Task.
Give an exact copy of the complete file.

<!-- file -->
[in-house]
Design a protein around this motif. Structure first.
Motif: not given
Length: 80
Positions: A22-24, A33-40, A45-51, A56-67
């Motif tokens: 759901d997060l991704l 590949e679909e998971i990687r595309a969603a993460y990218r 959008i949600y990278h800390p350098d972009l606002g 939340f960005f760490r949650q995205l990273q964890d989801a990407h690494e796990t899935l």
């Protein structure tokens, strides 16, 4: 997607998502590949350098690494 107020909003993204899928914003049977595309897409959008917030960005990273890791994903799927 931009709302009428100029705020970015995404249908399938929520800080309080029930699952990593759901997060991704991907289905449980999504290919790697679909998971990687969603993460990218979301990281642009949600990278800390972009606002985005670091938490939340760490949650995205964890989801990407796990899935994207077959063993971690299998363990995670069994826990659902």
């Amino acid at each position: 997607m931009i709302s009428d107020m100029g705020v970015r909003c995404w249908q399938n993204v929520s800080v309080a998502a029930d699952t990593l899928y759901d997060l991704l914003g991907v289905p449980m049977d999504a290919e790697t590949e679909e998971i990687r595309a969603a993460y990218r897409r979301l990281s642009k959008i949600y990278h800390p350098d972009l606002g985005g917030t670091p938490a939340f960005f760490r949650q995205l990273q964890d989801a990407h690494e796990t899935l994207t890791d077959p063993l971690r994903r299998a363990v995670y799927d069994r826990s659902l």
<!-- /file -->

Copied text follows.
[in-house]
Design a protein around this motif. Structure first.
Motif: not given
Length: 80
Positions: A22-24, A33-40, A45-51, A56-67
């Motif tokens: 759901d997060l991704l 590949e679909e998971i990687r595309a969603a993460y990218r 959008i949600y990278h800390p350098d972009l606002g 939340f960005f760490r949650q995205l990273q964890d989801a990407h690494e796990t899935l």
């Protein structure tokens, strides 16, 4: 997607998502590949350098690494 107020909003993204899928914003049977595309897409959008917030960005990273890791994903799927 931009709302009428100029705020970015995404249908399938929520800080309080029930699952990593759901997060991704991907289905449980999504290919790697679909998971990687969603993460990218979301990281642009949600990278800390972009606002985005670091938490939340760490949650995205964890989801990407796990899935994207077959063993971690299998363990995670069994826990659902």
């Amino acid at each position: 997607m931009i709302s009428d107020m100029g705020v970015r909003c995404w249908q399938n993204v929520s800080v309080a998502a029930d699952t990593l899928y759901d997060l991704l914003g991907v289905p449980m049977d999504a290919e790697t590949e679909e998971i990687r595309a969603a993460y990218r897409r979301l990281s642009k959008i949600y990278h800390p350098d972009l606002g985005g917030t670091p938490a939340f960005f760490r949650q995205l990273q964890d989801a990407h690494e796990t899935l994207t890791d077959p063993l971690r994903r299998a363990v995670y799927d069994r826990s659902l």